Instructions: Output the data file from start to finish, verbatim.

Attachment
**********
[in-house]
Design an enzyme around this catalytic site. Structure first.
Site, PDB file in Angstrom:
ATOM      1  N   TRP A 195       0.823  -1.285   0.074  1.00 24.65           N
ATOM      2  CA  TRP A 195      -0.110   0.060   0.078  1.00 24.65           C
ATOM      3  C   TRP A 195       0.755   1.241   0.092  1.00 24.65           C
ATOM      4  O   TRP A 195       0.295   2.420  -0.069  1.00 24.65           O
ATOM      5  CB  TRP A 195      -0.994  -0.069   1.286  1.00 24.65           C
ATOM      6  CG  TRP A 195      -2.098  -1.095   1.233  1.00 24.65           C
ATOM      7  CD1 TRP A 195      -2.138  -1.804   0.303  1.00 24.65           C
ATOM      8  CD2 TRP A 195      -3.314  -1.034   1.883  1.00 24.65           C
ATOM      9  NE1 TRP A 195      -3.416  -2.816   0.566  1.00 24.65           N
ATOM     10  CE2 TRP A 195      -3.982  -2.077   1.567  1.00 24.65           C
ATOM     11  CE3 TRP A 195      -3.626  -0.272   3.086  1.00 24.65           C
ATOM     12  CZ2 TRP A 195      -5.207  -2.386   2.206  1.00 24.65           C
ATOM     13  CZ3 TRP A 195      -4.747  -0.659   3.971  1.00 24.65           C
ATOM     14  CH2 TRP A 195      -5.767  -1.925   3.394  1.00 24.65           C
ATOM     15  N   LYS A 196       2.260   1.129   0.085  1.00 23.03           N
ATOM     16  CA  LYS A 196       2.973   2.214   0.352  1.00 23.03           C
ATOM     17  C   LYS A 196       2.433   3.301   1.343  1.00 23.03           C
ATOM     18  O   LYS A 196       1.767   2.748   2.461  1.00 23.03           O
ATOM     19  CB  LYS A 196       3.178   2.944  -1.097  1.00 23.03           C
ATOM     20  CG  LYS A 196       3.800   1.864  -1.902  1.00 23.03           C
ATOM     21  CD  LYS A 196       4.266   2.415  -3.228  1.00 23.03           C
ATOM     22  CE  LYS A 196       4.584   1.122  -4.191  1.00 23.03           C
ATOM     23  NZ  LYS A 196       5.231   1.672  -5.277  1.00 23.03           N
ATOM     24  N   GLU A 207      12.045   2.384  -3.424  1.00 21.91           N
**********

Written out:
[in-house]
Design an enzyme around this catalytic site. Structure first.
Site, PDB file in Angstrom:
ATOM      1  N   TRP A 195       0.823  -1.285   0.074  1.00 24.65           N
ATOM      2  CA  TRP A 195      -0.110   0.060   0.078  1.00 24.65           C
ATOM      3  C   TRP A 195       0.755   1.241   0.092  1.00 24.65           C
ATOM      4  O   TRP A 195       0.295   2.420  -0.069  1.00 24.65           O
ATOM      5  CB  TRP A 195      -0.994  -0.069   1.286  1.00 24.65           C
ATOM      6  CG  TRP A 195      -2.098  -1.095   1.233  1.00 24.65           C
ATOM      7  CD1 TRP A 195      -2.138  -1.804   0.303  1.00 24.65           C
ATOM      8  CD2 TRP A 195      -3.314  -1.034   1.883  1.00 24.65           C
ATOM      9  NE1 TRP A 195      -3.416  -2.816   0.566  1.00 24.65           N
ATOM     10  CE2 TRP A 195      -3.982  -2.077   1.567  1.00 24.65           C
ATOM     11  CE3 TRP A 195      -3.626  -0.272   3.086  1.00 24.65           C
ATOM     12  CZ2 TRP A 195      -5.207  -2.386   2.206  1.00 24.65           C
ATOM     13  CZ3 TRP A 195      -4.747  -0.659   3.971  1.00 24.65           C
ATOM     14  CH2 TRP A 195      -5.767  -1.925   3.394  1.00 24.65           C
ATOM     15  N   LYS A 196       2.260   1.129   0.085  1.00 23.03           N
ATOM     16  CA  LYS A 196       2.973   2.214   0.352  1.00 23.03           C
ATOM     17  C   LYS A 196       2.433   3.301   1.343  1.00 23.03           C
ATOM     18  O   LYS A 196       1.767   2.748   2.461  1.00 23.03           O
ATOM     19  CB  LYS A 196       3.178   2.944  -1.097  1.00 23.03           C
ATOM     20  CG  LYS A 196       3.800   1.864  -1.902  1.00 23.03           C
ATOM     21  CD  LYS A 196       4.266   2.415  -3.228  1.00 23.03           C
ATOM     22  CE  LYS A 196       4.584   1.122  -4.191  1.00 23.03           C
ATOM     23  NZ  LYS A 196       5.231   1.672  -5.277  1.00 23.03           N
ATOM     24  N   GLU A 207      12.045   2.384  -3.424  1.00 21.91           N